Chipped wooden frames, homemade
By the over-taxed man who
Funded this seasonal household
At present.

“Just like New York!” he’d say,
As if this porch were the
Epitome of fine-tuned engineering;
Yet we all knew he hated the City,
In “its constant state of decay.”
“Renewal, Dad,” I’d protest,
Thinking of the thousands of men
And women, scurrying on, over, under
Its streets, changing the hardscape on which
They trod with heavy feet.

A House Made of Stone

Perhaps the origin of our own beings
Exists there, at the center of
Concentric ripples on water, where
The stone, a seed was thrown:
An ephemeral place that is only
An impression, a start, a beginning.

When we turned our eyes
Toward the sun, the waves
Extended out of reach,
The rock lay at the bottom of
The pond, while its smoothness,
It’s weight still keenly felt
Between our growing fingers.

In later years, while bathing,
Like elder salmon returning upstream,
We will search for that small piece of gravel,
Only to find that during our Odyssey
It has eroded to something
Altogether unrecognizable.

unknown

Going Home

The final stages of packing for a
Weekend away involve decisions
Concerning the produce that remains
In the Mother Hubbard refrigerator.
What’s left? Odiferous reminders
Of want and waste, seasoned with
Expiry dates and missed opportunities,
Tangible evidence of hearty meals,
Both utilitarian and celebratory.

The last of the olfactory offenders,
A fuzzy hunk of manchego cheese
Given lovingly by a faraway host: a
Spanish ewe with an exotic look in her eye.
Once divinely dressed in a fig chutney,
Paired inter-culturally with a granny smith apple,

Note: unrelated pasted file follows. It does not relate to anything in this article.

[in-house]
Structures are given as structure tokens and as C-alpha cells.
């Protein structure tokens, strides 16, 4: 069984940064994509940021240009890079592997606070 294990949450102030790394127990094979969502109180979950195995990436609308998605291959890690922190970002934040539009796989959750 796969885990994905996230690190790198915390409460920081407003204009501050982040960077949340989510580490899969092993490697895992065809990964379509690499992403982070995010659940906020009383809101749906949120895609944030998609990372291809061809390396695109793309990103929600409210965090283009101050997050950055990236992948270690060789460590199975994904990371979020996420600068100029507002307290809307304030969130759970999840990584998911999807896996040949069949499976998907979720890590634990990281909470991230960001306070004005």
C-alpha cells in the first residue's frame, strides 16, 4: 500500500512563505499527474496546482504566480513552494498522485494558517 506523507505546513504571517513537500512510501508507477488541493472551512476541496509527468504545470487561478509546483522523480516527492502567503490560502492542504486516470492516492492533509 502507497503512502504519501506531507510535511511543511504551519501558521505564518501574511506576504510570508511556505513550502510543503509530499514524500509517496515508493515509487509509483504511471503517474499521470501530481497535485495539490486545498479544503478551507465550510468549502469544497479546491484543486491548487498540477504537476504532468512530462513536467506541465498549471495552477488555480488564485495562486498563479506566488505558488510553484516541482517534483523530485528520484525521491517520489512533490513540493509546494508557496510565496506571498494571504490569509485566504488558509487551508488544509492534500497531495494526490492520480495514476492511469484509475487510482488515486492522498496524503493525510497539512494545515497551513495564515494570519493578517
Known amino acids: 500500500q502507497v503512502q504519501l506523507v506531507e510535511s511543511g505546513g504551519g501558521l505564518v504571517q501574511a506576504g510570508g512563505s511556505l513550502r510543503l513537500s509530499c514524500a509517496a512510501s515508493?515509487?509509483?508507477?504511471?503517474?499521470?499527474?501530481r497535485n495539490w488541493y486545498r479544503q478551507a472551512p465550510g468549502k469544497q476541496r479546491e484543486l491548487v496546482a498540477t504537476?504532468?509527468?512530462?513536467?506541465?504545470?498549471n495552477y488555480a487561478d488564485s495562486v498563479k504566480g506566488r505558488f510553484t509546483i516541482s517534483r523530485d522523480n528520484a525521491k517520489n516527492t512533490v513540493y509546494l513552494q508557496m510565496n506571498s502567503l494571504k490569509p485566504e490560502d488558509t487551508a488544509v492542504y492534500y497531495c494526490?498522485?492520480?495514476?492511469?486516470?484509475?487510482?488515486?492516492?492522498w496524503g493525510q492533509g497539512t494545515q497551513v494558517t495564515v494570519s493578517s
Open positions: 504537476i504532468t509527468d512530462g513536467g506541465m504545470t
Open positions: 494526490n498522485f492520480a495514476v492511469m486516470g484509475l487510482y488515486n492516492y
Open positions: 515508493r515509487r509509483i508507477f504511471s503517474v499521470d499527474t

A queso gives way to time, or the lack of it.
Any self-respecting New Englander
Would cut off the offensive parts
And call it a luncheon.

The thermostat turned low, a cool
Hush envelops the house with one
Last aroma to decipher: the quiet
Bouquet given in commemoration
Of nothing in particular: two
Weeks old, the gerbera daisies lay
Wilted, exhausted and supported
By hearty, whitish-green
Hydrangea that traditionally decorate
Many a Connecticut cottage.

Plucked from the florist’s vase, their
Stalky stems were tipped with brown
Where they were cut from its host.
Trimmed again, introduced
To a traveling milk jug, bound for
An heirloom piece of crockery in which
Its blooms would slowly lose
Its dewey countenance, and
With dignity dry to an indiscernible,
Subtle change of color: vintage, charmed,
A muted hue with a suggestion
Of its natural strength and sensibility.

To the White Horse in the Passing Lane on Route 684

Not yet coaxed to the median,
Where grass grew a foot high,
Bedded down under your
Capsized chariot, wheels spinning
Like the legs of a belly-up beetle
Waving for the cloudless sky
To touch your eyes, humanely blind you,
Now shrouded in a terry cloth
Of Turin, of New York, reeking
Of oxybenzone and coconuts.

An eight-inch gash
Across your ribs didn’t bleed:
Your coated skin split, an open eye lid
Revealing fibrous tissue and
A barrel of bones, creamy
Next to your bleached hair: a proud
Piece of flesh revealing
Where the light had
Entered through your broken window.

A stranger in a foreign land
Of pavement and metal and voices
Unlike your own. Human hands
Knotted your mane in
Shakespearean elfknots,
Placed riders of the apocalypse
On your back, created an
Avatar of Visnu, ushering in
An end, wisdom, and the sardonic
Truth that they unite
In your majestically wounded package.